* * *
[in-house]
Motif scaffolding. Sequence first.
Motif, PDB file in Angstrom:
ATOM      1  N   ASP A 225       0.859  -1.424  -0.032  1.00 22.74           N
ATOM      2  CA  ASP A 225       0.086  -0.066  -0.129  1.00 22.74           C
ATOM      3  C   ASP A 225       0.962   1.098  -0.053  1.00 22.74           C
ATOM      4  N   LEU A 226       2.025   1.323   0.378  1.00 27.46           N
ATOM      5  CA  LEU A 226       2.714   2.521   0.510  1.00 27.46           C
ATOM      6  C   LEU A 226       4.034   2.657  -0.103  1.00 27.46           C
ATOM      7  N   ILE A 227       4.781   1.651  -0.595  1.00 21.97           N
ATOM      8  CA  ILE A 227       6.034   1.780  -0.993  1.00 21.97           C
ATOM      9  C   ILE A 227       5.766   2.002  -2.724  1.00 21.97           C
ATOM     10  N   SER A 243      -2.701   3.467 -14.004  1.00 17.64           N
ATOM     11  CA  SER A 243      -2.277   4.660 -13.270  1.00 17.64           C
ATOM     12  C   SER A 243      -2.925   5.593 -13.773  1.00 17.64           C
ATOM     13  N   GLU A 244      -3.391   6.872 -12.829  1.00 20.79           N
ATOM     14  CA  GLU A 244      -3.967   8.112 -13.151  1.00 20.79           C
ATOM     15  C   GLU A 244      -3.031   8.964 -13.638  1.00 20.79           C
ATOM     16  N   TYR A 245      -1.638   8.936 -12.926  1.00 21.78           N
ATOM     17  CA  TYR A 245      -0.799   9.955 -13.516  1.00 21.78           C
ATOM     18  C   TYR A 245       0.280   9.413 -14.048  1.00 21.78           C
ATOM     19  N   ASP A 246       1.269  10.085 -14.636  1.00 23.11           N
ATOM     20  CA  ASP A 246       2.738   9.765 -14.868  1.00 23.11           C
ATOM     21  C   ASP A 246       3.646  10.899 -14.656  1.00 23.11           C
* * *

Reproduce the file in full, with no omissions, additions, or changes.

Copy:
[in-house]
Motif scaffolding. Sequence first.
Motif, PDB file in Angstrom:
ATOM      1  N   ASP A 225       0.859  -1.424  -0.032  1.00 22.74           N
ATOM      2  CA  ASP A 225       0.086  -0.066  -0.129  1.00 22.74           C
ATOM      3  C   ASP A 225       0.962   1.098  -0.053  1.00 22.74           C
ATOM      4  N   LEU A 226       2.025   1.323   0.378  1.00 27.46           N
ATOM      5  CA  LEU A 226       2.714   2.521   0.510  1.00 27.46           C
ATOM      6  C   LEU A 226       4.034   2.657  -0.103  1.00 27.46           C
ATOM      7  N   ILE A 227       4.781   1.651  -0.595  1.00 21.97           N
ATOM      8  CA  ILE A 227       6.034   1.780  -0.993  1.00 21.97           C
ATOM      9  C   ILE A 227       5.766   2.002  -2.724  1.00 21.97           C
ATOM     10  N   SER A 243      -2.701   3.467 -14.004  1.00 17.64           N
ATOM     11  CA  SER A 243      -2.277   4.660 -13.270  1.00 17.64           C
ATOM     12  C   SER A 243      -2.925   5.593 -13.773  1.00 17.64           C
ATOM     13  N   GLU A 244      -3.391   6.872 -12.829  1.00 20.79           N
ATOM     14  CA  GLU A 244      -3.967   8.112 -13.151  1.00 20.79           C
ATOM     15  C   GLU A 244      -3.031   8.964 -13.638  1.00 20.79           C
ATOM     16  N   TYR A 245      -1.638   8.936 -12.926  1.00 21.78           N
ATOM     17  CA  TYR A 245      -0.799   9.955 -13.516  1.00 21.78           C
ATOM     18  C   TYR A 245       0.280   9.413 -14.048  1.00 21.78           C
ATOM     19  N   ASP A 246       1.269  10.085 -14.636  1.00 23.11           N
ATOM     20  CA  ASP A 246       2.738   9.765 -14.868  1.00 23.11           C
ATOM     21  C   ASP A 246       3.646  10.899 -14.656  1.00 23.11           C